• DDefguille July 12, 2017 at 11:41 pm

    Were generic cre primers used to genotype the mice, and only specific cre primers used later?

  • Inigo Montoya July 13, 2017 at 4:51 am

    It’s good that they came forward, but as a mouse geneticist I have to say they were extremely careless in how they performed their experiments. Standard practice when receiving a new mouse line (especially something from another academic lab) would be to genotype with gene specific primers (i.e. not a general Cre PCR). Also Cre lines should be crossed to a reporter (i.e R26R) to ensure that they give deletion in the correct tissue pattern. You should NEVER EVER just take a mouse and start doing experiments. In fact reading through their retracted paper, nowhere do they actually demonstrate that the deleter line they are using is actually knocking out the CTGF gene!

    • Raymond Pasek July 13, 2017 at 7:52 am

      Hi Inigo,
      Thanks for your comment. For the record, we did confirm Ctgf deletion in our tissue of interest. Both the Pax6-Cre and the RIP-Cre induce gene deletion in the beta-cells, so this method did not alert us to anything being amiss. We simply didn’t include this data in the publication. The mouse line we thought we were using was first published in 2000, so publishing data that shows the Cre works wouldn’t be very useful and relevant.
      Additionally, as the retraction notice states, Pax6-Cre specific primers are not currently available. This is sadly due to the fact that the sequence to the Pax6-Cre transgene is not published. We reached out to multiple labs that have used the Pax6-Cre mice in the past and we were unable to obtain the sequence and design Pax6-Cre specific primers, thus we used generic Cre primers. The mouse line we were given expressed Cre in the cells we expected it to, induced deletion of our LoxP gene, it genotyped positive for the Cre, and it (at the time) did not show any phenotype on its own, so we had no reason to suspect anything was amiss.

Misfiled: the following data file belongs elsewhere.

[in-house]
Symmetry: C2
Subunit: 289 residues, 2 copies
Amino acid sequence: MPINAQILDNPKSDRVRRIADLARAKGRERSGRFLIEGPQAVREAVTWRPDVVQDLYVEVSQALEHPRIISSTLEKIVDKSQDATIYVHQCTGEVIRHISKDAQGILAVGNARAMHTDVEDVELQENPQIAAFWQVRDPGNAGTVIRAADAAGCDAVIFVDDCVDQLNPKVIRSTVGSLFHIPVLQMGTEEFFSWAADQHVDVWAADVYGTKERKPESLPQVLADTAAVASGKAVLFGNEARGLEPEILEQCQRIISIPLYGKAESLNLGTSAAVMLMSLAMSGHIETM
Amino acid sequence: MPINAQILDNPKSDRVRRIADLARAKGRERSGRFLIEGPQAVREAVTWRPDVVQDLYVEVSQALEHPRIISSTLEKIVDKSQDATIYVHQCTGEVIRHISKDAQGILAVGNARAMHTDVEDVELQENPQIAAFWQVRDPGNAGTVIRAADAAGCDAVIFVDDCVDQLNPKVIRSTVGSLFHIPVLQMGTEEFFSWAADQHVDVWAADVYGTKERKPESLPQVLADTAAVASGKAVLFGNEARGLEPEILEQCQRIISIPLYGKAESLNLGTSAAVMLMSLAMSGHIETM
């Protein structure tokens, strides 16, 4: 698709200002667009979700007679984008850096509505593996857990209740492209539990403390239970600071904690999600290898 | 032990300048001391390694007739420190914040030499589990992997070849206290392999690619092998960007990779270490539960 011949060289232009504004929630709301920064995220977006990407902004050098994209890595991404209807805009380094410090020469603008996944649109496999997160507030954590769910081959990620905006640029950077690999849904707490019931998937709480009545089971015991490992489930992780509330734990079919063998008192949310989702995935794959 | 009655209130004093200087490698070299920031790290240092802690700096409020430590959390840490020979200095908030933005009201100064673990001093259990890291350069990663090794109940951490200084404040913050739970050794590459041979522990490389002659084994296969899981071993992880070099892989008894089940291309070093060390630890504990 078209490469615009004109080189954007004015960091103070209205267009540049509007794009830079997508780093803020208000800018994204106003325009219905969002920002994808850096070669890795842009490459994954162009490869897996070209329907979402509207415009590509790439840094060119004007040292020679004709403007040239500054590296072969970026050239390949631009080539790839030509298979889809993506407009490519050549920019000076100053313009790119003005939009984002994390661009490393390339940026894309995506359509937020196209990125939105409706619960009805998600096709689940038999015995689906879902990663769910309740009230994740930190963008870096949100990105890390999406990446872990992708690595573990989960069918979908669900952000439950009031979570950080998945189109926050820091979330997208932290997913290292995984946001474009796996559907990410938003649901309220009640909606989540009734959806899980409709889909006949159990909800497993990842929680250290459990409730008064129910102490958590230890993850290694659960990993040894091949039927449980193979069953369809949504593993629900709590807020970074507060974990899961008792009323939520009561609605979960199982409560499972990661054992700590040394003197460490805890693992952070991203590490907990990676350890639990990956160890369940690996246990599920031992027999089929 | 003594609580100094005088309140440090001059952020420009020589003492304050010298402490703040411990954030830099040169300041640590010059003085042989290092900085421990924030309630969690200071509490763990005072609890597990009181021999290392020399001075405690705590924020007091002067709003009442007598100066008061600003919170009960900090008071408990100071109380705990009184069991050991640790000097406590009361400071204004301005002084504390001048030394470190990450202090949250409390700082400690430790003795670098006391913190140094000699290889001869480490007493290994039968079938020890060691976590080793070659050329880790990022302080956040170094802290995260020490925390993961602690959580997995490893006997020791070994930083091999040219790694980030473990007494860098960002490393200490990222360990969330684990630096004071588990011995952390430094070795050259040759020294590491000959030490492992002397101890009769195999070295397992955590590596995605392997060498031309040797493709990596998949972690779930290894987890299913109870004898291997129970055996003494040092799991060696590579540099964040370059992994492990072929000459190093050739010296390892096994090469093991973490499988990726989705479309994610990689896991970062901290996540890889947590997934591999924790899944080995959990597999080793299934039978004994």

If you have any other concerns or comments, please feel free to leave your name and contact information for us, we’d be happy to get more feedback on this.

      Cheers,
      Raymond Pasek

  • Hira kyiko July 13, 2017 at 5:13 am

    “we have read about many retraction cases posted on your site and have read about cases in which there was no misconduct or fraud and authors voluntarily retracted a paper due to honest error.”

    There are also many cases where there is research misconduct. Good to see this is not one of them, well done Ray.

  • Wim Crusio July 17, 2017 at 2:30 pm
  • Vanderbilt PhD August 9, 2017 at 1:52 pm

    Knowing Dr Gannon, this doesn’t surprise me. I cannot applaud her and her lab’s honesty and courage enough.